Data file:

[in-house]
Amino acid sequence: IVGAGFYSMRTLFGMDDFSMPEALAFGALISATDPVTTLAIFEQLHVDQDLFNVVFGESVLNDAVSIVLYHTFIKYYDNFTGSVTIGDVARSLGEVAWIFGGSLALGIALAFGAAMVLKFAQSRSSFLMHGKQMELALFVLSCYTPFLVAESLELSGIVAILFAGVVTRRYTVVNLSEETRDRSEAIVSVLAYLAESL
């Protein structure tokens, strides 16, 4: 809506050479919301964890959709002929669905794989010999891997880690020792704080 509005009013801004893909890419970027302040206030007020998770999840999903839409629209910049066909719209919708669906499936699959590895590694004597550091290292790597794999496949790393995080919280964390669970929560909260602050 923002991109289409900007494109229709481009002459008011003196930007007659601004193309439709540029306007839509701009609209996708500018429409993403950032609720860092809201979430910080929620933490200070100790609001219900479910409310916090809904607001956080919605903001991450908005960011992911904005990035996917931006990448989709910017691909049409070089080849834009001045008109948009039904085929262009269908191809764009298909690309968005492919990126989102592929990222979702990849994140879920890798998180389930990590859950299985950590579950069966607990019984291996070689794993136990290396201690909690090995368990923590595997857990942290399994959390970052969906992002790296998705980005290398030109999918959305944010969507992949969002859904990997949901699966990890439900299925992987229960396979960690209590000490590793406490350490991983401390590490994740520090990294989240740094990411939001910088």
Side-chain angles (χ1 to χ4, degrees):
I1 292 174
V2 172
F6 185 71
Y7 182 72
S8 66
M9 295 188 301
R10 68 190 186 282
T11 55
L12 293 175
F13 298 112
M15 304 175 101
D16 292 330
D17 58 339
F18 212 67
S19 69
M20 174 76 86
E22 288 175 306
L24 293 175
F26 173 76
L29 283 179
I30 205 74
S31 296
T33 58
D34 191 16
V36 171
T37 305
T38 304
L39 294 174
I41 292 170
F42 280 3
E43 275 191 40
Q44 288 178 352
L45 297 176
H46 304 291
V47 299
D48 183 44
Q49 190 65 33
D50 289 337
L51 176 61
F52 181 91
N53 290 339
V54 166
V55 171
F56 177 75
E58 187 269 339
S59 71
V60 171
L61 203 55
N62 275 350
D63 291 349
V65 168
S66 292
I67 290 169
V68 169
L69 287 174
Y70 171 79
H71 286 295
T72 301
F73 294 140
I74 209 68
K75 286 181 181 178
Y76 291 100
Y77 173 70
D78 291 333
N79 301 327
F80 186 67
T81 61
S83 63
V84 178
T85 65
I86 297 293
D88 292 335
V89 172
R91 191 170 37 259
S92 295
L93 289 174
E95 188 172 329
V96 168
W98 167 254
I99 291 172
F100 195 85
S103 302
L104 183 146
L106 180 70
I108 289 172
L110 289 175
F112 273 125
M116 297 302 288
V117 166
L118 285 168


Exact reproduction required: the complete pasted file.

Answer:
[in-house]
Amino acid sequence: IVGAGFYSMRTLFGMDDFSMPEALAFGALISATDPVTTLAIFEQLHVDQDLFNVVFGESVLNDAVSIVLYHTFIKYYDNFTGSVTIGDVARSLGEVAWIFGGSLALGIALAFGAAMVLKFAQSRSSFLMHGKQMELALFVLSCYTPFLVAESLELSGIVAILFAGVVTRRYTVVNLSEETRDRSEAIVSVLAYLAESL
């Protein structure tokens, strides 16, 4: 809506050479919301964890959709002929669905794989010999891997880690020792704080 509005009013801004893909890419970027302040206030007020998770999840999903839409629209910049066909719209919708669906499936699959590895590694004597550091290292790597794999496949790393995080919280964390669970929560909260602050 923002991109289409900007494109229709481009002459008011003196930007007659601004193309439709540029306007839509701009609209996708500018429409993403950032609720860092809201979430910080929620933490200070100790609001219900479910409310916090809904607001956080919605903001991450908005960011992911904005990035996917931006990448989709910017691909049409070089080849834009001045008109948009039904085929262009269908191809764009298909690309968005492919990126989102592929990222979702990849994140879920890798998180389930990590859950299985950590579950069966607990019984291996070689794993136990290396201690909690090995368990923590595997857990942290399994959390970052969906992002790296998705980005290398030109999918959305944010969507992949969002859904990997949901699966990890439900299925992987229960396979960690209590000490590793406490350490991983401390590490994740520090990294989240740094990411939001910088």
Side-chain angles (χ1 to χ4, degrees):
I1 292 174
V2 172
F6 185 71
Y7 182 72
S8 66
M9 295 188 301
R10 68 190 186 282
T11 55
L12 293 175
F13 298 112
M15 304 175 101
D16 292 330
D17 58 339
F18 212 67
S19 69
M20 174 76 86
E22 288 175 306
L24 293 175
F26 173 76
L29 283 179
I30 205 74
S31 296
T33 58
D34 191 16
V36 171
T37 305
T38 304
L39 294 174
I41 292 170
F42 280 3
E43 275 191 40
Q44 288 178 352
L45 297 176
H46 304 291
V47 299
D48 183 44
Q49 190 65 33
D50 289 337
L51 176 61
F52 181 91
N53 290 339
V54 166
V55 171
F56 177 75
E58 187 269 339
S59 71
V60 171
L61 203 55
N62 275 350
D63 291 349
V65 168
S66 292
I67 290 169
V68 169
L69 287 174
Y70 171 79
H71 286 295
T72 301
F73 294 140
I74 209 68
K75 286 181 181 178
Y76 291 100
Y77 173 70
D78 291 333
N79 301 327
F80 186 67
T81 61
S83 63
V84 178
T85 65
I86 297 293
D88 292 335
V89 172
R91 191 170 37 259
S92 295
L93 289 174
E95 188 172 329
V96 168
W98 167 254
I99 291 172
F100 195 85
S103 302
L104 183 146
L106 180 70
I108 289 172
L110 289 175
F112 273 125
M116 297 302 288
V117 166
L118 285 168